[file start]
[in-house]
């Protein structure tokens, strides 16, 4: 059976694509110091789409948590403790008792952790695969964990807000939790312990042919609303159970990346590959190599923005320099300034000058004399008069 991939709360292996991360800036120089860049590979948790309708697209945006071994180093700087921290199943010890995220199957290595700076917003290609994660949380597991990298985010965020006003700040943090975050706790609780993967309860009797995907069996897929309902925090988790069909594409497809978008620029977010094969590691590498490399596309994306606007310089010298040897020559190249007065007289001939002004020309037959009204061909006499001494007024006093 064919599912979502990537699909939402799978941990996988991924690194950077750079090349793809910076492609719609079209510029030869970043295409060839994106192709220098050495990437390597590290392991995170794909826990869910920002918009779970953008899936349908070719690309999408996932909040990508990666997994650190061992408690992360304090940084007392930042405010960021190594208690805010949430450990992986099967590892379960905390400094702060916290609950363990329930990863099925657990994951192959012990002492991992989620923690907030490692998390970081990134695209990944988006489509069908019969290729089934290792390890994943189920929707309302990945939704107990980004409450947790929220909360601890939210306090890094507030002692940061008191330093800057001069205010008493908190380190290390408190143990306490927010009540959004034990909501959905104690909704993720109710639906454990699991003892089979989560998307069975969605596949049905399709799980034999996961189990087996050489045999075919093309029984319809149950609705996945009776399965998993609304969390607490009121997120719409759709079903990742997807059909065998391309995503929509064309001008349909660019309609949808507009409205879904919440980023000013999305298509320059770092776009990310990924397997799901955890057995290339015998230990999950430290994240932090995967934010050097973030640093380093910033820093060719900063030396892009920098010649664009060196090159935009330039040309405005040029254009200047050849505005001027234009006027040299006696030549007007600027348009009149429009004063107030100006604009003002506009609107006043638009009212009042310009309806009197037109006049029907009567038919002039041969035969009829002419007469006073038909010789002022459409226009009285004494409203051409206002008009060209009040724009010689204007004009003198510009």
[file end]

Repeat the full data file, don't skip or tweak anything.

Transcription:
[in-house]
């Protein structure tokens, strides 16, 4: 059976694509110091789409948590403790008792952790695969964990807000939790312990042919609303159970990346590959190599923005320099300034000058004399008069 991939709360292996991360800036120089860049590979948790309708697209945006071994180093700087921290199943010890995220199957290595700076917003290609994660949380597991990298985010965020006003700040943090975050706790609780993967309860009797995907069996897929309902925090988790069909594409497809978008620029977010094969590691590498490399596309994306606007310089010298040897020559190249007065007289001939002004020309037959009204061909006499001494007024006093 064919599912979502990537699909939402799978941990996988991924690194950077750079090349793809910076492609719609079209510029030869970043295409060839994106192709220098050495990437390597590290392991995170794909826990869910920002918009779970953008899936349908070719690309999408996932909040990508990666997994650190061992408690992360304090940084007392930042405010960021190594208690805010949430450990992986099967590892379960905390400094702060916290609950363990329930990863099925657990994951192959012990002492991992989620923690907030490692998390970081990134695209990944988006489509069908019969290729089934290792390890994943189920929707309302990945939704107990980004409450947790929220909360601890939210306090890094507030002692940061008191330093800057001069205010008493908190380190290390408190143990306490927010009540959004034990909501959905104690909704993720109710639906454990699991003892089979989560998307069975969605596949049905399709799980034999996961189990087996050489045999075919093309029984319809149950609705996945009776399965998993609304969390607490009121997120719409759709079903990742997807059909065998391309995503929509064309001008349909660019309609949808507009409205879904919440980023000013999305298509320059770092776009990310990924397997799901955890057995290339015998230990999950430290994240932090995967934010050097973030640093380093910033820093060719900063030396892009920098010649664009060196090159935009330039040309405005040029254009200047050849505005001027234009006027040299006696030549007007600027348009009149429009004063107030100006604009003002506009609107006043638009009212009042310009309806009197037109006049029907009567038919002039041969035969009829002419007469006073038909010789002022459409226009009285004494409203051409206002008009060209009040724009010689204007004009003198510009």